Fact: It’s far better for one child to be appointed as the legal agent, so that disagreements between siblings don’t impact decisions. If health care decisions are delayed because of differing opinions, the doctor will often make the decision for the patient. If children don’t get along in the best of circumstances, don’t expect that to change with an aging parent is facing medical, financial and legal issues in a nursing home.

Myth Five. We did our last will and testament years ago, and nothing’s changed, so we don’t need to update anything.

Fact: The most common will leaves everything to a spouse, and thereafter everything goes to the children. That’s fine, until someone has dementia or is in a nursing home. If one spouse is in the nursing home and receiving government benefits, eligibility for the benefits will be lost, if the other spouse dies and leaves assets to the spouse who is receiving care in the nursing home.

A fundamental asset preservation strategy is to make changes to the will. It is not necessary to cut the spouse out of the will, but a well-prepared will can provide for the spouse, preserve assets and comply with state laws about minimal spousal election.

When there has been a diagnosis of early stage dementia, it is critical that an estate planning attorney’s help be obtained as soon as possible, while the person still has legal capacity to make changes to important documents.

The important lesson for all the myths and facts above: see an experienced estate planning elder law attorney to make sure you are prepared for the best care and to preserve assets.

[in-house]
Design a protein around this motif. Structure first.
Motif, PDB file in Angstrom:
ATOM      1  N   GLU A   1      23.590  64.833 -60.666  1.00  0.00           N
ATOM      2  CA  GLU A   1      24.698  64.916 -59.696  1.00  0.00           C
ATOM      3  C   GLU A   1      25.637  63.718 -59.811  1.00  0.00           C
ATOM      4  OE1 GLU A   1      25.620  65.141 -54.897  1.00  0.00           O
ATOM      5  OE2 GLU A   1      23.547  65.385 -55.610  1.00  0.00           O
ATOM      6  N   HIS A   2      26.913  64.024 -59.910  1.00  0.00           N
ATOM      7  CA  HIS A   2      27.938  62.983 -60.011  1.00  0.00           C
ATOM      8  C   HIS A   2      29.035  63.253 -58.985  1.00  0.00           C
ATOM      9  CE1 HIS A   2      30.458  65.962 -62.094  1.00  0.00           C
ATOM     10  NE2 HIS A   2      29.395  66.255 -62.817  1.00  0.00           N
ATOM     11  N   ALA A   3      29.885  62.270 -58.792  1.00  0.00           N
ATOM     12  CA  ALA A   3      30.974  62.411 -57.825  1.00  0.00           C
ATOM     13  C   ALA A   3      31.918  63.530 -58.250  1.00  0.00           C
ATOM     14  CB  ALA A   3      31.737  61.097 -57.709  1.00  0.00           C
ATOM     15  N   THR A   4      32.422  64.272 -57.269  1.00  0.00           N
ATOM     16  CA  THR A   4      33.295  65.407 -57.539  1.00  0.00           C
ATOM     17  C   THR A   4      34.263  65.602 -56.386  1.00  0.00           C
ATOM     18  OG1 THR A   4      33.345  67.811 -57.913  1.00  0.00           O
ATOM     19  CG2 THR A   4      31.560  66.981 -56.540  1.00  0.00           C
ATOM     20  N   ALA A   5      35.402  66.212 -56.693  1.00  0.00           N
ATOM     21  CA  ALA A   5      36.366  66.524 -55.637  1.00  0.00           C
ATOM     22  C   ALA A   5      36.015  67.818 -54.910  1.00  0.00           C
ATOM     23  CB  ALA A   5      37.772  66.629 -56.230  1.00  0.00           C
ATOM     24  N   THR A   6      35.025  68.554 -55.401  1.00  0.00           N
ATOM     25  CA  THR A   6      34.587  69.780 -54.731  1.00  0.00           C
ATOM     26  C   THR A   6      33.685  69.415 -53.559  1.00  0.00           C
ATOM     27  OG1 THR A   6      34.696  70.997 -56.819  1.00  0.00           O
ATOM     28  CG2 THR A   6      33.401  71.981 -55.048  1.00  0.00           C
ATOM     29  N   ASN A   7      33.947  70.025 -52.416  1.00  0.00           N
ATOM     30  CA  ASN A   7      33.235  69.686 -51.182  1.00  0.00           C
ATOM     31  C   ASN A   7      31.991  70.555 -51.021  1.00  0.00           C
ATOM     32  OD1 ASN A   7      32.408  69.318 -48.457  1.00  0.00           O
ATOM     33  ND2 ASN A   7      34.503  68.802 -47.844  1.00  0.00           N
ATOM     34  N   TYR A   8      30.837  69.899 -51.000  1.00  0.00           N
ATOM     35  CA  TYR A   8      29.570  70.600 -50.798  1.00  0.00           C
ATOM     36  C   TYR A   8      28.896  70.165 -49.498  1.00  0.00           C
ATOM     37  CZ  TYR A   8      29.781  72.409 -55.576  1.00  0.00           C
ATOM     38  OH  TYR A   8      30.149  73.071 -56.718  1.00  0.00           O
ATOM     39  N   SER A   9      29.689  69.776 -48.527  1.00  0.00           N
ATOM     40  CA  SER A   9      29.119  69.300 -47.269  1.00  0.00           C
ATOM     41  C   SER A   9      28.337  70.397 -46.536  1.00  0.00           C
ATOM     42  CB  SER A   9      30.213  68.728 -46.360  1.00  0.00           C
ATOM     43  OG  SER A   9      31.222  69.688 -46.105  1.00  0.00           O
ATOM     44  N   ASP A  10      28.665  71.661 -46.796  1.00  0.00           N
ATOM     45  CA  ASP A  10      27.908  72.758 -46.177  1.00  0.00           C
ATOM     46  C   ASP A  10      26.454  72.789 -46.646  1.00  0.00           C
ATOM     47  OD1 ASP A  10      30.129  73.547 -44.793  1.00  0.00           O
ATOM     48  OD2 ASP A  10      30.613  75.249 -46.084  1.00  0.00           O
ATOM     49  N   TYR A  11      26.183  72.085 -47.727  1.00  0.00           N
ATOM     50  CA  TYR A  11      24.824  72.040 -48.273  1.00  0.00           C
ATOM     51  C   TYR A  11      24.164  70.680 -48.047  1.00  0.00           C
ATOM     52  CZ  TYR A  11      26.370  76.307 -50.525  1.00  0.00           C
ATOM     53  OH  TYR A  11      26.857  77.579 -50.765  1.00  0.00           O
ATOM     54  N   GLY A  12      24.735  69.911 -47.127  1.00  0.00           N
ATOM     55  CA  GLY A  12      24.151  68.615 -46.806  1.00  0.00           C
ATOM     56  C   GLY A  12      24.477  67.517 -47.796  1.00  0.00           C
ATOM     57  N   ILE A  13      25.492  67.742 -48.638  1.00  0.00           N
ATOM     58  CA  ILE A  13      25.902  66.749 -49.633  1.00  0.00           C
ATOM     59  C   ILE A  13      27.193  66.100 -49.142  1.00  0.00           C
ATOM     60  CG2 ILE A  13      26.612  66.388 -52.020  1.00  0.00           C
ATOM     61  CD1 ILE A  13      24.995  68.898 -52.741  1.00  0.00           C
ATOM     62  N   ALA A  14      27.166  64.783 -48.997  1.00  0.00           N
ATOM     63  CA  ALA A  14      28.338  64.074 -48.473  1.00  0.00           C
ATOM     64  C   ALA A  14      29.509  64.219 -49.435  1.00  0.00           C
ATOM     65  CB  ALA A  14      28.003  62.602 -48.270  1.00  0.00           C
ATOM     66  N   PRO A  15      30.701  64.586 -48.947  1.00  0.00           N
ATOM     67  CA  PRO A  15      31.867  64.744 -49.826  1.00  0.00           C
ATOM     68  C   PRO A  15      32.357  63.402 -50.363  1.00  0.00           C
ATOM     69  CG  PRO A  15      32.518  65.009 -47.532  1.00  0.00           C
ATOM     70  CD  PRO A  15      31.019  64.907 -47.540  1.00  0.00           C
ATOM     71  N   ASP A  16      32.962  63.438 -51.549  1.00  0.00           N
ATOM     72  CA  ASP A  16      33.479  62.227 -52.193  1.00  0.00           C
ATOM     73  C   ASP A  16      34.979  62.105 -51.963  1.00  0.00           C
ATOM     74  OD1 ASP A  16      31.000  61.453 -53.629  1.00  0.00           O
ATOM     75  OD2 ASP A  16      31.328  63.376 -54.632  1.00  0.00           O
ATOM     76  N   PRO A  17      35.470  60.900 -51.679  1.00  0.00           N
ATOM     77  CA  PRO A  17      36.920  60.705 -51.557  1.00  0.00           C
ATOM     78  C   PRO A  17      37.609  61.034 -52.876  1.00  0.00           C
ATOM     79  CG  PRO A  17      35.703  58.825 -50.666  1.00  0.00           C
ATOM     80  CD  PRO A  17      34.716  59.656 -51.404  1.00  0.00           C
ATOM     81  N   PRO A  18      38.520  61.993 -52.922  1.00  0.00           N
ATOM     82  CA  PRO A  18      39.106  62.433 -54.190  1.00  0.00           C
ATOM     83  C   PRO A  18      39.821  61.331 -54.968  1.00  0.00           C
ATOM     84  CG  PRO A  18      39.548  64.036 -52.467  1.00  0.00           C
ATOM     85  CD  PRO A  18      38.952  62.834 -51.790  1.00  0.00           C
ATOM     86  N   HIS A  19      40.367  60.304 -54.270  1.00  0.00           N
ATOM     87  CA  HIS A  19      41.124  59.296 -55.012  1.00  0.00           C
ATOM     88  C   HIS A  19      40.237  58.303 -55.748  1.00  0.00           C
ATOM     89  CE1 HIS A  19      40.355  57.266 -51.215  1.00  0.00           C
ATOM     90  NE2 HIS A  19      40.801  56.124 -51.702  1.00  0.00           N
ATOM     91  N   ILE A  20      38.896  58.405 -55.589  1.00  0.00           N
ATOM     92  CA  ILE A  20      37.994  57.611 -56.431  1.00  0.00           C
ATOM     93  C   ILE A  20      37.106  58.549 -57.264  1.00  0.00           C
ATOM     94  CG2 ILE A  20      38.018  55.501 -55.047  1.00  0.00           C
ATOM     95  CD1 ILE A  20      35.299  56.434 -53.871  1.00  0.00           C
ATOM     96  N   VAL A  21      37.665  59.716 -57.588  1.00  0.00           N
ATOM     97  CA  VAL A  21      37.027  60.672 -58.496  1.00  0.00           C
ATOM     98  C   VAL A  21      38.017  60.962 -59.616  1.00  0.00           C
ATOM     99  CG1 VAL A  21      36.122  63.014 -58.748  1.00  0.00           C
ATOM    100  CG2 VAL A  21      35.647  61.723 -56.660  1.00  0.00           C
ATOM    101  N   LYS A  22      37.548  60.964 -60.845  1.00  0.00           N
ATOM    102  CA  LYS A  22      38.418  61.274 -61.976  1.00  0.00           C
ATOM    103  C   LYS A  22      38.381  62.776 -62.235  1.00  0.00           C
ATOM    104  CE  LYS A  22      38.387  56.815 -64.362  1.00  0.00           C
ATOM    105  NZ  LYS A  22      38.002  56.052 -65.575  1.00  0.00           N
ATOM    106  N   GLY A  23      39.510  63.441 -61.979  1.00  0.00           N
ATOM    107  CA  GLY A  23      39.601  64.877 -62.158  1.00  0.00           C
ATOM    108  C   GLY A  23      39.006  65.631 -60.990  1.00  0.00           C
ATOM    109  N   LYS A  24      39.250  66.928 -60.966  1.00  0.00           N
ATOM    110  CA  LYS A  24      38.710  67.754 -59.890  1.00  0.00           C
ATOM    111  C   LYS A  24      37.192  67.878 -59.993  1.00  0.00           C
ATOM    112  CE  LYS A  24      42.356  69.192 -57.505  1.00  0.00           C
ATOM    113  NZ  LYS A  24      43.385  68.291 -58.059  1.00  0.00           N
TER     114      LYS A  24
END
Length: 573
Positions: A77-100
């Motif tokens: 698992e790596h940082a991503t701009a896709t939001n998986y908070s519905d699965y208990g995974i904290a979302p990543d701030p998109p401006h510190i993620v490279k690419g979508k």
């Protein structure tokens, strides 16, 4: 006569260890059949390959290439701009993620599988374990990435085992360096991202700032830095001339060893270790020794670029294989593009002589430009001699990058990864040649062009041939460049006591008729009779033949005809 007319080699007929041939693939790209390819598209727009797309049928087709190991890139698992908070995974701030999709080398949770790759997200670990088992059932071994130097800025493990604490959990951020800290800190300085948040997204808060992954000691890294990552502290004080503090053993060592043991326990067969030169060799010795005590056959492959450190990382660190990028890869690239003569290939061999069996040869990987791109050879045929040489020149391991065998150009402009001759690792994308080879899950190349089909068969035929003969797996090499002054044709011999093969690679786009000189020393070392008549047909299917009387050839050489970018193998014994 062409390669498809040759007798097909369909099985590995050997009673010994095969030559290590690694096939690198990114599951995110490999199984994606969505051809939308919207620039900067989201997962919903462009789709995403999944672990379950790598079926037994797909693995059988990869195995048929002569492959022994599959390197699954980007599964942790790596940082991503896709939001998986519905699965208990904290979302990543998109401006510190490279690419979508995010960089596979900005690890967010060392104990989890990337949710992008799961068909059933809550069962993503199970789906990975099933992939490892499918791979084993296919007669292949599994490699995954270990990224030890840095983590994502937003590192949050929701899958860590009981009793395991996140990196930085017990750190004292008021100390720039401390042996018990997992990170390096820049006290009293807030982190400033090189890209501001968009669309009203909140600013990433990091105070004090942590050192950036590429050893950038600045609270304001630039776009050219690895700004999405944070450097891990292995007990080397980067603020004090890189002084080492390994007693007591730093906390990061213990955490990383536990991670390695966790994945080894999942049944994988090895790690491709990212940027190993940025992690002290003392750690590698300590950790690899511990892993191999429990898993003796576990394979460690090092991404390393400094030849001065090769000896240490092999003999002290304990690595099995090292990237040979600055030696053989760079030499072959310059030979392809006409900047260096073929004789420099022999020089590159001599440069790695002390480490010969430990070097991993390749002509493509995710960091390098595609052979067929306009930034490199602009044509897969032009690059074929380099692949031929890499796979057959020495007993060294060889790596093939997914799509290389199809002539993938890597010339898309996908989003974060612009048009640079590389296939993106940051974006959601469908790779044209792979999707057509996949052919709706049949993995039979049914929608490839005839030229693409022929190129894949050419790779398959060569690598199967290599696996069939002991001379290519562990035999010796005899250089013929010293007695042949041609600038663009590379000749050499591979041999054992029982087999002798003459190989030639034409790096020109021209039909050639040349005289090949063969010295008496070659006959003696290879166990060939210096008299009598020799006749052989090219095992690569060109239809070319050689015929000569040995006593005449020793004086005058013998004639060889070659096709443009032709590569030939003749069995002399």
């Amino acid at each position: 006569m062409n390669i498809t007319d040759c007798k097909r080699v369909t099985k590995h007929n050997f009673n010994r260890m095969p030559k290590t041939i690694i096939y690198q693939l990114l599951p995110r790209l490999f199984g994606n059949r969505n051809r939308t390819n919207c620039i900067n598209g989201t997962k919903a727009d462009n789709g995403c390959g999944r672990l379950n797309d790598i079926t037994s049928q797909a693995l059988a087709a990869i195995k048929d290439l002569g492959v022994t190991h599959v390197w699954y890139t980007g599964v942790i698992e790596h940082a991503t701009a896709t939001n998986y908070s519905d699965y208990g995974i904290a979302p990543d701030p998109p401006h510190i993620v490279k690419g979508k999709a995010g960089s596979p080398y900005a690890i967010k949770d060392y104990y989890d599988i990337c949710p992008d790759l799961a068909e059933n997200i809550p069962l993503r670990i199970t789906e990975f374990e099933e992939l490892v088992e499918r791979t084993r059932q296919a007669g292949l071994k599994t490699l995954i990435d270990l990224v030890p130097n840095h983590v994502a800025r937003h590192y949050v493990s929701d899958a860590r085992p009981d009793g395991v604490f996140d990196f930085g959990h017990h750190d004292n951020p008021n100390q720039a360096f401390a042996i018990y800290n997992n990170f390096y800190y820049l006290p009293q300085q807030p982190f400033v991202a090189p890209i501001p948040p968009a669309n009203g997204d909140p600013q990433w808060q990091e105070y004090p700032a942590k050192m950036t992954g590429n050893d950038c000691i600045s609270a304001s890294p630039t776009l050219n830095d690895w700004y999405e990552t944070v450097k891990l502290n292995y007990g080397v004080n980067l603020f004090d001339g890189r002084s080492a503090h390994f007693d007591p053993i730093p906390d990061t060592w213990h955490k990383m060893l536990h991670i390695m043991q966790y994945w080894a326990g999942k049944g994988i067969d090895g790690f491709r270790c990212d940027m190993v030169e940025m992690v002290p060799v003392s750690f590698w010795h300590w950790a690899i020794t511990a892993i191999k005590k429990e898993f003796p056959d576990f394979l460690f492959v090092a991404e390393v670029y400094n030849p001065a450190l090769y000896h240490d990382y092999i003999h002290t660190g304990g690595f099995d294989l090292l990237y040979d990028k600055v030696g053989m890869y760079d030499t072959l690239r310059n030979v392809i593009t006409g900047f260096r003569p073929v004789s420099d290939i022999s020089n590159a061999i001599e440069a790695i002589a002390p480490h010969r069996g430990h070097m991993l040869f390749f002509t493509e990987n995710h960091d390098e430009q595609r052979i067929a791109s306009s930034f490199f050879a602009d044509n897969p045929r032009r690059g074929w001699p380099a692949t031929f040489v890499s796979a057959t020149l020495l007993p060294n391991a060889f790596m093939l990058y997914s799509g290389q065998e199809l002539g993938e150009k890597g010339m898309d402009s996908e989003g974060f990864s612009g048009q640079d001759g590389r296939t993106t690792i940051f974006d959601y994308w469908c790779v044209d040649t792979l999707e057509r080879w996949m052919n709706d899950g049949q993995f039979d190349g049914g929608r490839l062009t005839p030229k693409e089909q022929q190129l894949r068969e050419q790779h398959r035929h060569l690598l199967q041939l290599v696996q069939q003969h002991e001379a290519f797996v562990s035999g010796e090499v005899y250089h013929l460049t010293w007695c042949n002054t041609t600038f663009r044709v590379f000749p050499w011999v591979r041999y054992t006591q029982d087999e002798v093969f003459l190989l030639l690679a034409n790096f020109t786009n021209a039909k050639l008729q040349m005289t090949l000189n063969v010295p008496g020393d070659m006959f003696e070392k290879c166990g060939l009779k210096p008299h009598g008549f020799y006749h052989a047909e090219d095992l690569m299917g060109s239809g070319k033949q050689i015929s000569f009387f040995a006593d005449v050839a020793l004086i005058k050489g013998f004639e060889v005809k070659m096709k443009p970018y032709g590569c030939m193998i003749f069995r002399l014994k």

Reference: The Sentinel (May 10, 2019) “Five myths about nursing home costs and estate planning”

Common Estate Planning Mistakes to Avoid

Estate planning attorneys see them all the time: the mistakes that people make when they try to create an estate plan or a will by themselves. They learn about it, when families come to their offices trying to correct mistakes that could have been avoided just by seeking legal advice in the first place. That’s the message from the article “Five big estate planning ‘don’ts’” from Dedham Wicked Local.

Here are the five estate planning mistakes that you can easily avoid:

Naming minors as beneficiaries. Beneficiary designations are a simple way to avoid probate and be certain that an asset goes to your beneficiary at death. Most life insurance policies, retirement accounts, investment accounts and other financial accounts permit you to name a beneficiary. Many well-meaning parents (and grandparents) name a grandchild or a child as a beneficiary. However, a minor is not permitted to own an asset. Therefore, the financial institution will not name the minor child as the new owner. A conservator must be appointed by the court to receive the asset on behalf of the child and they must hold that asset for the minor’s benefit, until the minor becomes of legal age. The conservator must file annual accountings with the court reflecting activity in the account and report on how any funds were used for the minor’s benefit, until the minor becomes a legal adult. The time, effort, and expense of this are unnecessary. Handing a large amount of money to a child the moment they become of legal age is rarely a good idea. Leaving assets in trust for the benefit of a minor or young adult, without naming them directly as a beneficiary, is one solution.